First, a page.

Abstract

1. LITERATURE
Many researchers have already studied about the China’s foreign trade with the world in general and with some specific countries in particular. Drysdale and Hardwick (2018) found that China has profoundly changed the way it engages with the rest of the world. The development of domestic markets -a key element of Chinese reform- has been significantly enhanced by integration into international markets via trade, investment flows, technology transfers, people-to-people exchanges and the spread of knowledge. Li and Jiang (2018) argue that integration into international production networks and global value chains has seen China evolve into a global manufacturing and trade centre, contributing to its rapid economic growth. Kızıltan (2004) discusses China’s capability of being a super power. He asserts that China is an important regional power, and should be taken into consideration both economically and politically by all countries.
Some other authors have also done researches on China’s trade position and relationship with other countries. Temiz (2017) investigates the relationship between Turkey and China. He says that lack of political and strategic vision negatively affects the economic relations between Turkey and China. Schnellbach and Man (2015) explores the multifaceted relationship between Germany and China. The authors argue that in recent years, there have been efforts to extend cooperation to other fields like security and environmental issues. Both Germany and China increasingly consider a strategic partnership within mutual interest. According to Martin (2018) the size of the U.S. bilateral trade deficit with China has been and continues to be an important issue in bilateral trade relations.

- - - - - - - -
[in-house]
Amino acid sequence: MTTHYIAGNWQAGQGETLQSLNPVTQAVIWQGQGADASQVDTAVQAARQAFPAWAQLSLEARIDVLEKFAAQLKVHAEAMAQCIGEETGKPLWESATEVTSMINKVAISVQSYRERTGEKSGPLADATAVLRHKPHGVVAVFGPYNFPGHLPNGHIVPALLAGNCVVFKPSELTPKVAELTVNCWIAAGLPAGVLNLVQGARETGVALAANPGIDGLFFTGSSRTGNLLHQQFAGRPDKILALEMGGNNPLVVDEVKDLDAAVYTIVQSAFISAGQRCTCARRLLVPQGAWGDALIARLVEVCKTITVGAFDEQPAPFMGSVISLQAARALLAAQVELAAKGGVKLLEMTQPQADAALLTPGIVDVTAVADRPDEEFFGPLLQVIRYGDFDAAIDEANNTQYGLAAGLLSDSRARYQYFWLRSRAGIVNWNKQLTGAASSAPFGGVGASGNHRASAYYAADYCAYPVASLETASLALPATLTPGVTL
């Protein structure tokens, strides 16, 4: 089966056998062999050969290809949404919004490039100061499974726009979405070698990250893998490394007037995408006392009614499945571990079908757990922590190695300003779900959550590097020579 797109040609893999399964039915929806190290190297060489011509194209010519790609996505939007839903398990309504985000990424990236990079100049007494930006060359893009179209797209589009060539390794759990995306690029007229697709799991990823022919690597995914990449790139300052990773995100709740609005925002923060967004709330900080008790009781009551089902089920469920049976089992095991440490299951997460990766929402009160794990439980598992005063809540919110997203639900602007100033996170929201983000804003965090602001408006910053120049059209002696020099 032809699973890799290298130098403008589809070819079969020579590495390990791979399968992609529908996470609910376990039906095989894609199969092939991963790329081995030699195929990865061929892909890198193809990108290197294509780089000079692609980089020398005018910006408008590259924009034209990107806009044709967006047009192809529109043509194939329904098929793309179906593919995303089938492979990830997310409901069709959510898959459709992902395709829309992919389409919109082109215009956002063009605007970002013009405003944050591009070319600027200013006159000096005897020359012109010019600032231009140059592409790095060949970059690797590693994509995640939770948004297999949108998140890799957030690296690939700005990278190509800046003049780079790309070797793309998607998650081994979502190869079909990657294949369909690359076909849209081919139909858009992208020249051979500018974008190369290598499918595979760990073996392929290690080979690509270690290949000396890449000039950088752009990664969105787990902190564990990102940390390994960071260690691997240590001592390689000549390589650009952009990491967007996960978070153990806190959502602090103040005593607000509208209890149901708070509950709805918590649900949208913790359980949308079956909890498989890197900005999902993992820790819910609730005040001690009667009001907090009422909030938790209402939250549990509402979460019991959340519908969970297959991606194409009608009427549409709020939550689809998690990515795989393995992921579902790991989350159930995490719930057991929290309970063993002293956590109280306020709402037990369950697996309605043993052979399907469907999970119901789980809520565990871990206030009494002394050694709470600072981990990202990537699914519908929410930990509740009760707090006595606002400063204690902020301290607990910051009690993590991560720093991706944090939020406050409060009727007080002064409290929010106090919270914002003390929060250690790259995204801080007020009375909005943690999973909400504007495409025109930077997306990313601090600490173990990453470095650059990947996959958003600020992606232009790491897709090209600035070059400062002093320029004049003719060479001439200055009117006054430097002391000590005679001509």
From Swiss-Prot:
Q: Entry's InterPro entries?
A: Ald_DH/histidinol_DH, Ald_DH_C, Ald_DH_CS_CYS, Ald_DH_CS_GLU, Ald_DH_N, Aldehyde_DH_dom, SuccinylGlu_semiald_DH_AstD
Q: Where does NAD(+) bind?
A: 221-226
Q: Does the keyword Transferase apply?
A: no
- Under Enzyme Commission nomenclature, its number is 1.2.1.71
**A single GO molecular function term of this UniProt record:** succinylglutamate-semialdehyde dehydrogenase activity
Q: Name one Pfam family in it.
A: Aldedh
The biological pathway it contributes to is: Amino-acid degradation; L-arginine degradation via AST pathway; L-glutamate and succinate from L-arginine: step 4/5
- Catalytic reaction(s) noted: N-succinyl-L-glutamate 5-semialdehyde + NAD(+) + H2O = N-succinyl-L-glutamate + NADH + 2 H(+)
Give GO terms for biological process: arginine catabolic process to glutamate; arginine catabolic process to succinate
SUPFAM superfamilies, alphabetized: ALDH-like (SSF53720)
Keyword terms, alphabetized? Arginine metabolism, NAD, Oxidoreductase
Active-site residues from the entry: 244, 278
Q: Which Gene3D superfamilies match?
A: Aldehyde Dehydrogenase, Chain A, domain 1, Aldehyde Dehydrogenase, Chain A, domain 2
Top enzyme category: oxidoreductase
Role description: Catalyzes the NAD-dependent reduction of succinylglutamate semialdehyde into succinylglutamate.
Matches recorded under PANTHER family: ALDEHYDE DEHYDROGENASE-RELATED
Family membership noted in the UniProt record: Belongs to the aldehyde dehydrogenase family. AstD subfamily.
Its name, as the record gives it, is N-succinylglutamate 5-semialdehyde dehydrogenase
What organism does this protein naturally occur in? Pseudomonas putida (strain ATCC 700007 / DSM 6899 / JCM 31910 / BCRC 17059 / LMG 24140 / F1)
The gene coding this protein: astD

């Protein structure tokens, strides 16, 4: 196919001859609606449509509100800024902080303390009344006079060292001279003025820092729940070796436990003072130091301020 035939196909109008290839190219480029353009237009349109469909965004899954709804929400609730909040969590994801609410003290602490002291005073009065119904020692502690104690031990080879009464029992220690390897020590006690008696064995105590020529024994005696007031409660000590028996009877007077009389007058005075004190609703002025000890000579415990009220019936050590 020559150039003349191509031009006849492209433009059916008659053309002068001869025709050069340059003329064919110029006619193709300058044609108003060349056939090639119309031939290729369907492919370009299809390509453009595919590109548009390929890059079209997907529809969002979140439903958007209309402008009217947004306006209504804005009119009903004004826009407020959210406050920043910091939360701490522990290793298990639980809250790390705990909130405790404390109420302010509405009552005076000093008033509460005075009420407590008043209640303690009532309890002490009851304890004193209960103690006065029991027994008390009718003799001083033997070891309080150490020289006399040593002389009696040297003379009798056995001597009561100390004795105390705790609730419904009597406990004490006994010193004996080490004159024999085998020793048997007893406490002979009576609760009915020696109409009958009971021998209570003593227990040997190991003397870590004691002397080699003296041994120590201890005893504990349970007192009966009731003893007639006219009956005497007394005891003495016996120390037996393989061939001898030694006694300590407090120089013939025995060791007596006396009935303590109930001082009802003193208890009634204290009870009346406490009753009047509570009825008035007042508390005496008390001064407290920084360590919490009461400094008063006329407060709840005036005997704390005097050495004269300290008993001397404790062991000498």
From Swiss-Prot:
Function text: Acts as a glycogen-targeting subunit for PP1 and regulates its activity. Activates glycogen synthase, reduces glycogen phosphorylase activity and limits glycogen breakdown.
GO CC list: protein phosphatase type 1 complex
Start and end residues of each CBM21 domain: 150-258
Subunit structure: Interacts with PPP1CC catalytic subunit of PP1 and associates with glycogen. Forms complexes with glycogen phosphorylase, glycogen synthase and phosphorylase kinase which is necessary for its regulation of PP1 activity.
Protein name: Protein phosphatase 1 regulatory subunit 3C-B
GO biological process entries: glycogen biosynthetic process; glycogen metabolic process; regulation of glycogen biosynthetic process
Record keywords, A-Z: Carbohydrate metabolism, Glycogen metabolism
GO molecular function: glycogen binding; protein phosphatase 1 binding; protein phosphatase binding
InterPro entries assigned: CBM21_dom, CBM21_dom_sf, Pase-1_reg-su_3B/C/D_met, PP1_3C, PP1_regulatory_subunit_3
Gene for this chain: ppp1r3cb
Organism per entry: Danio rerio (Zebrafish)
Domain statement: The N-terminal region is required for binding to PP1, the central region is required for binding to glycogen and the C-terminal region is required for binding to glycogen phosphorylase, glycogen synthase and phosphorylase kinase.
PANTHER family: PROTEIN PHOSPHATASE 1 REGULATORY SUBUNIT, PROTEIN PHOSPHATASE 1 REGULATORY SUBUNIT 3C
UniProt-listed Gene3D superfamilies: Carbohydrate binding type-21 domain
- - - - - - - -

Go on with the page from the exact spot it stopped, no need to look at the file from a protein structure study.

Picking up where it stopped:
1.1. RESEARCH SUBJECT
Research subject of this paper is China’s foreign trade with the world in general and with some specific countries in particular.
1.2. RESEARCH PURPOSE AND IMPORTANCE
The paper will examine China’s overall trade position, its overall trend, its trade balance with the rest of the world, and its trade share of world trade and in particular with some specific countries over a long historical time period.
1.3. CONTRIBUTION of the ARTICLE to the LITERATURE